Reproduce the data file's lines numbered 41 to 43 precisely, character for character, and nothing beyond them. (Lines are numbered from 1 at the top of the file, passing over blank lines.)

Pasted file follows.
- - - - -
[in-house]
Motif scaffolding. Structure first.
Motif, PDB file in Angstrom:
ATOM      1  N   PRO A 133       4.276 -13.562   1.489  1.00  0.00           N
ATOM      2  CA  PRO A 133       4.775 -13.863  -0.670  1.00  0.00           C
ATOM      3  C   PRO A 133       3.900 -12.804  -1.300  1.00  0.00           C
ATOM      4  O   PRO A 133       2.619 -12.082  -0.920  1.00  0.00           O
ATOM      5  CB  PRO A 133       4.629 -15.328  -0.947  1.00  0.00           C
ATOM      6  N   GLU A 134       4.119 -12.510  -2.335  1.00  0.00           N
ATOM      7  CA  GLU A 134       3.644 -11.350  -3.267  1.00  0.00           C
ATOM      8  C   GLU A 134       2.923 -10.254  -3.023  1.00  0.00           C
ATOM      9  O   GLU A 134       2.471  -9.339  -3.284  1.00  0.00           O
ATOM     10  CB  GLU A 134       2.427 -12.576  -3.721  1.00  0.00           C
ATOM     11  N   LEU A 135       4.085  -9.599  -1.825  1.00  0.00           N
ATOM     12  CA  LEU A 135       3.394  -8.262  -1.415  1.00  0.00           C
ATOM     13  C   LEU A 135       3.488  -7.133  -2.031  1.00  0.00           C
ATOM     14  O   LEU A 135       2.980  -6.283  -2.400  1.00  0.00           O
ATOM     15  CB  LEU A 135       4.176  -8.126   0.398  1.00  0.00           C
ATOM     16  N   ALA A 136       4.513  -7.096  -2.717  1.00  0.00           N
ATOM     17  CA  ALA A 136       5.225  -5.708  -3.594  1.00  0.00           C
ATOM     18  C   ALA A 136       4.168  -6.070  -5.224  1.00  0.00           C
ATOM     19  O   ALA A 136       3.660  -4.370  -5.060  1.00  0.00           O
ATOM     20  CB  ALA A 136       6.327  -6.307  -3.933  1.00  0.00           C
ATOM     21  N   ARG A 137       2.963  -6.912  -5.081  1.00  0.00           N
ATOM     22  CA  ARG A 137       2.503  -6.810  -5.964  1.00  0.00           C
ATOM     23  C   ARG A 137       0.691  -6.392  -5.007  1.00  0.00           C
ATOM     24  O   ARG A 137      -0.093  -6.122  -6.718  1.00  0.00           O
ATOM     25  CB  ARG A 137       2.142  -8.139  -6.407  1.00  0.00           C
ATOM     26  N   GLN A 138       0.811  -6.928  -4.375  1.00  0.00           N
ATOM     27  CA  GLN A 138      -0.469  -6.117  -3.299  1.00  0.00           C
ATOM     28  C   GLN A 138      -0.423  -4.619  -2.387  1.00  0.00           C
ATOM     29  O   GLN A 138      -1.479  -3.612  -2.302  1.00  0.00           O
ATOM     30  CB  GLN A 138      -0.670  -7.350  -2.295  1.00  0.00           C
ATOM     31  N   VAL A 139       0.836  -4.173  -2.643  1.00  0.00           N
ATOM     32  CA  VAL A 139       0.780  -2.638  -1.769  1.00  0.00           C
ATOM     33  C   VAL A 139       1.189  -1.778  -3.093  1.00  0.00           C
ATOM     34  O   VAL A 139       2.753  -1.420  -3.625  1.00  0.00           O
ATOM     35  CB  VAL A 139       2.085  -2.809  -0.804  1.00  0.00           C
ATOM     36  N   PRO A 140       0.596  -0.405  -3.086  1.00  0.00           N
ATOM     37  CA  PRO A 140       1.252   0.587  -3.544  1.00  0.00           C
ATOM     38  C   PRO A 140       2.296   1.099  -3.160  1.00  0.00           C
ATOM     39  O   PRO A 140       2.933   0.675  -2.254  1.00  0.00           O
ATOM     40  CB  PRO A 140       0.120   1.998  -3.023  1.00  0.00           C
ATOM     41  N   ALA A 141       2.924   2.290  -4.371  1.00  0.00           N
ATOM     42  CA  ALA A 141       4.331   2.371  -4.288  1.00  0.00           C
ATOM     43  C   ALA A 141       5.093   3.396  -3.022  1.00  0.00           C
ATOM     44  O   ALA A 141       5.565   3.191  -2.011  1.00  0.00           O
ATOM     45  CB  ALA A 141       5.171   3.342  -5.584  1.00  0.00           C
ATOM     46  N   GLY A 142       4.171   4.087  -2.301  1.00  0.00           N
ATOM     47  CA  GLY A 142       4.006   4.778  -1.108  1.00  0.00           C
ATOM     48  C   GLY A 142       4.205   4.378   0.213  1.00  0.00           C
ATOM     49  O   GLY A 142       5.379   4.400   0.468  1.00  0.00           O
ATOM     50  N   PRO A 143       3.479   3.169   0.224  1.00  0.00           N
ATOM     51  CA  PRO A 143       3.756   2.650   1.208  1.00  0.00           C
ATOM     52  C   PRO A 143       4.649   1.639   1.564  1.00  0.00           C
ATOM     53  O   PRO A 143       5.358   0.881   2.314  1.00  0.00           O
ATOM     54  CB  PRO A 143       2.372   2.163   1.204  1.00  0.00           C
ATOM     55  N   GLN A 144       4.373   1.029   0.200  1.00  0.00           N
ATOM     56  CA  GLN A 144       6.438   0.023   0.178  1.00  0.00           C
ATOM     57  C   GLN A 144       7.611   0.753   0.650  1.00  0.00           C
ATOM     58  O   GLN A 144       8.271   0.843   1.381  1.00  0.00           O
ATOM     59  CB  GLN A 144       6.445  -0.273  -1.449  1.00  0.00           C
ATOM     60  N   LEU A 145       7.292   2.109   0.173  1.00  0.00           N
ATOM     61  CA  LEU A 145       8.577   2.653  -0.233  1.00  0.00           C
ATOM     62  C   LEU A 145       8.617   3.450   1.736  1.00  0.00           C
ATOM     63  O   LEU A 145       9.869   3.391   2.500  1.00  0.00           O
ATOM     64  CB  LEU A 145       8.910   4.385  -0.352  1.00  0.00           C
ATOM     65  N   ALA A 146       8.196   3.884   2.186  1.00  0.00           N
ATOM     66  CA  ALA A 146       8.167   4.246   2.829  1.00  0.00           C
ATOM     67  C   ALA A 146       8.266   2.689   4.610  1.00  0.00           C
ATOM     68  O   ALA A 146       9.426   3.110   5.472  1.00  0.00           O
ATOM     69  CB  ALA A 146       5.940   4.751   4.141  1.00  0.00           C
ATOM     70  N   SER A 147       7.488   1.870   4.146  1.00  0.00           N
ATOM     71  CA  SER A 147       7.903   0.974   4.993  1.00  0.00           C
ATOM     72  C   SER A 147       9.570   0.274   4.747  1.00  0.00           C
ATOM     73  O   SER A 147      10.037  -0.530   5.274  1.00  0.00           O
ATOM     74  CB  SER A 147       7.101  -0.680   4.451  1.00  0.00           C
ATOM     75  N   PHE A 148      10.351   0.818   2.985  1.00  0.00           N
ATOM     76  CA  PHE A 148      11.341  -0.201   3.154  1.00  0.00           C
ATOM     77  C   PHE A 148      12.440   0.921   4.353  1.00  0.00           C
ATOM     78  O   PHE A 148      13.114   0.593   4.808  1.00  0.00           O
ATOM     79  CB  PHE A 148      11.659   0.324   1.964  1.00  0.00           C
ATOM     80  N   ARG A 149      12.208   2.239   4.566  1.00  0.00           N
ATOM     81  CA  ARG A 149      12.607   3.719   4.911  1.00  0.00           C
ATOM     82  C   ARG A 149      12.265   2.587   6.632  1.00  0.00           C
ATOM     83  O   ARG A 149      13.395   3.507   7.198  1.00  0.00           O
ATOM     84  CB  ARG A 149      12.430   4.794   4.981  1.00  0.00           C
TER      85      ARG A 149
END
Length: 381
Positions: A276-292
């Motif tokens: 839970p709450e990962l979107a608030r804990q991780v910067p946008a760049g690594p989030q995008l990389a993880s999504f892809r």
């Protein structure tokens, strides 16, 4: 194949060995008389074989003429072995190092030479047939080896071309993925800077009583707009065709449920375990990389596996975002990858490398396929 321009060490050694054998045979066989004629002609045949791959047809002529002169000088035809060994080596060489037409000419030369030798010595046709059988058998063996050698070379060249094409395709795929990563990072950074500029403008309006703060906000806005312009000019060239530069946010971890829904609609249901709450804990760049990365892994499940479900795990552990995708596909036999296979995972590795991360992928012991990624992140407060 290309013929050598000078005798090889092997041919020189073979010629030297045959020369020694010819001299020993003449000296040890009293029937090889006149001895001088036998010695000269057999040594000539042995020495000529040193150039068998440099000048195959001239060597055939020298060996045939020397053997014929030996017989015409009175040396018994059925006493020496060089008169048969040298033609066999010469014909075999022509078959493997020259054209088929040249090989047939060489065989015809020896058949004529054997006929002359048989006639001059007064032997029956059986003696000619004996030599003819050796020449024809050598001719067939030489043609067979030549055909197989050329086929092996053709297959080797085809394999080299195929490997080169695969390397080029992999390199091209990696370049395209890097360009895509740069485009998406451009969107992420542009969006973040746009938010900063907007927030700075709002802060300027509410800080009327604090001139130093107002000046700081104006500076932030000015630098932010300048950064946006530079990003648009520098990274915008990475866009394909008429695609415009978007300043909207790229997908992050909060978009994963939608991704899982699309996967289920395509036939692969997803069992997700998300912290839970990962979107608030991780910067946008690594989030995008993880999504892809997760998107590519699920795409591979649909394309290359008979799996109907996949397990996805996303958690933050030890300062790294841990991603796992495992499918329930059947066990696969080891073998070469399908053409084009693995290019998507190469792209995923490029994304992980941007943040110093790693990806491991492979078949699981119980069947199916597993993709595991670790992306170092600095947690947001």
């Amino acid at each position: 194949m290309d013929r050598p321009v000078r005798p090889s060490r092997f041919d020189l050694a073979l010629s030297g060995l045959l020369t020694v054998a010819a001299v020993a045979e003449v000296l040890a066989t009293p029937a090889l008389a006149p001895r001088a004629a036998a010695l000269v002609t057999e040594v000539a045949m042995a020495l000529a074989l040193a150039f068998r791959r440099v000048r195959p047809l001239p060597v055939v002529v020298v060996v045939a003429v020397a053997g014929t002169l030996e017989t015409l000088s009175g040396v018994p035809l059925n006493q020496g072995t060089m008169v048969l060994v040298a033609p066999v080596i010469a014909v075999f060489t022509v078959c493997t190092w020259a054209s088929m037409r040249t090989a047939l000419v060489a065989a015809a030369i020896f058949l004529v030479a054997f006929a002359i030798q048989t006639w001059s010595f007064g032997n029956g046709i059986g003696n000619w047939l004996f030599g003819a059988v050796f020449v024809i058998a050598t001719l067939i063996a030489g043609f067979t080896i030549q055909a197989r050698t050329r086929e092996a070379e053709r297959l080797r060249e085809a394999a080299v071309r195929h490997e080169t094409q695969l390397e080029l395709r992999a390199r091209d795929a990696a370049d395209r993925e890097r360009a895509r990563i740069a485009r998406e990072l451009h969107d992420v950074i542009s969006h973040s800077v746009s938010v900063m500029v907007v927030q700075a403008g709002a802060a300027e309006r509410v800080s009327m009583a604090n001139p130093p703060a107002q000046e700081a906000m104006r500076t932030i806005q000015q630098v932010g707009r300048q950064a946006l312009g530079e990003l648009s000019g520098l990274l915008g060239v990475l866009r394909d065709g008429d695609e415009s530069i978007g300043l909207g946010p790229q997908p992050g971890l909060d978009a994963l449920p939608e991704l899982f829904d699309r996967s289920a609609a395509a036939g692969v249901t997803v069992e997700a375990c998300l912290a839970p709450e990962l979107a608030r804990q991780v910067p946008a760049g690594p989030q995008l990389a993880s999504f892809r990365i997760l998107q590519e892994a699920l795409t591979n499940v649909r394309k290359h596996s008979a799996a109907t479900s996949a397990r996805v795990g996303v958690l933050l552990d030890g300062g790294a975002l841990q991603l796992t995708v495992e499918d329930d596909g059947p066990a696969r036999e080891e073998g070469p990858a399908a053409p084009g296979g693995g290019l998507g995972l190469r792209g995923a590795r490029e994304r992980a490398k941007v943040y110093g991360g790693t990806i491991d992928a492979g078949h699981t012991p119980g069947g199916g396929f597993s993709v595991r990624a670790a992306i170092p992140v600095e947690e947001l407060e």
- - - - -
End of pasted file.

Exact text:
ATOM     38  C   PRO A 140       2.296   1.099  -3.160  1.00  0.00           C
ATOM     39  O   PRO A 140       2.933   0.675  -2.254  1.00  0.00           O
ATOM     40  CB  PRO A 140       0.120   1.998  -3.023  1.00  0.00           C